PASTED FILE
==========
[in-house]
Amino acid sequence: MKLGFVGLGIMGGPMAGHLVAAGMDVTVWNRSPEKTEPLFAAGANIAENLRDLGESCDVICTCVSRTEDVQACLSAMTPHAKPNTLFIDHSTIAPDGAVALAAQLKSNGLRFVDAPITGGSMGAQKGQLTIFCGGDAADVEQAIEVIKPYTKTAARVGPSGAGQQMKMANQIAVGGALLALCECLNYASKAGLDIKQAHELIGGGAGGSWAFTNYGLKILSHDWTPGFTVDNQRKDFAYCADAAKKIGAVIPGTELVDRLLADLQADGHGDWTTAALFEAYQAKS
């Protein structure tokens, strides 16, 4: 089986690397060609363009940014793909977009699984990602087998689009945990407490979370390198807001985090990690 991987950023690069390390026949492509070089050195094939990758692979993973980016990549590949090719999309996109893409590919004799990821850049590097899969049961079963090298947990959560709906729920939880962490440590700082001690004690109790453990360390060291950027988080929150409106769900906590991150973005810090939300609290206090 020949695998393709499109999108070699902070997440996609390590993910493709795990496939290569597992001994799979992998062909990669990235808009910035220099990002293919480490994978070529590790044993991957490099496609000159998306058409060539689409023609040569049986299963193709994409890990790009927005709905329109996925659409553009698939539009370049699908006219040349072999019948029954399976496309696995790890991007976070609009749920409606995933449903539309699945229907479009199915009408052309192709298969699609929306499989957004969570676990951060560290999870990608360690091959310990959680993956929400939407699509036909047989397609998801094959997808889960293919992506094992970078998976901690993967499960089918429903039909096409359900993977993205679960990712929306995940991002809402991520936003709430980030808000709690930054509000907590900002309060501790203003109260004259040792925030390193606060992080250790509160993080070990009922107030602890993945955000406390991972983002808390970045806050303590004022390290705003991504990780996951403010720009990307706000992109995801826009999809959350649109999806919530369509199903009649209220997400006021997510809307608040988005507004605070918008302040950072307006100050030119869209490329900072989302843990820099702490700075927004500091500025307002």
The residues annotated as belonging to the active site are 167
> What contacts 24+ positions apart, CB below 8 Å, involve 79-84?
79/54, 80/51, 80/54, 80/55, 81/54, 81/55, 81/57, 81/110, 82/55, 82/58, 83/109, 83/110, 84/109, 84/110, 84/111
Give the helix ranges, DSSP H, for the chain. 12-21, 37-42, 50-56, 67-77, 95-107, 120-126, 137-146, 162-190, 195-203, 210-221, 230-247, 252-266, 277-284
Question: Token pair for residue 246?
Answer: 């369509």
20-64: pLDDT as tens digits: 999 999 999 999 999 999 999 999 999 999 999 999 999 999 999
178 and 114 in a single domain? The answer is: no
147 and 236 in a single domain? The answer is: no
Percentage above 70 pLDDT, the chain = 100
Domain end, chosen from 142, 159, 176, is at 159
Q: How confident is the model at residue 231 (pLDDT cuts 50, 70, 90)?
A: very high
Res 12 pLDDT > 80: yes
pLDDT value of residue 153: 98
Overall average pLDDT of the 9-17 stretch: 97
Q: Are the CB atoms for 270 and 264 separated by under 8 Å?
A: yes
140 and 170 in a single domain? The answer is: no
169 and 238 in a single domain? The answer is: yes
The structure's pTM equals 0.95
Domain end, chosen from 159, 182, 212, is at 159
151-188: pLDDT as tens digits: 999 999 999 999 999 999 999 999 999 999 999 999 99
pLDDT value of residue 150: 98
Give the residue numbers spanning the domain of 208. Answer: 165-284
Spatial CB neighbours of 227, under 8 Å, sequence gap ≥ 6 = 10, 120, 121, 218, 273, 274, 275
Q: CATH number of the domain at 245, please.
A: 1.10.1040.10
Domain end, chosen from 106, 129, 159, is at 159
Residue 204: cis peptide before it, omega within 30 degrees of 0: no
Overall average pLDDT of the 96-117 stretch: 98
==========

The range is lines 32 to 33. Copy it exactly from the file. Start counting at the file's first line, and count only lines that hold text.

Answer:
Domain end, chosen from 106, 129, 159, is at 159
Residue 204: cis peptide before it, omega within 30 degrees of 0: no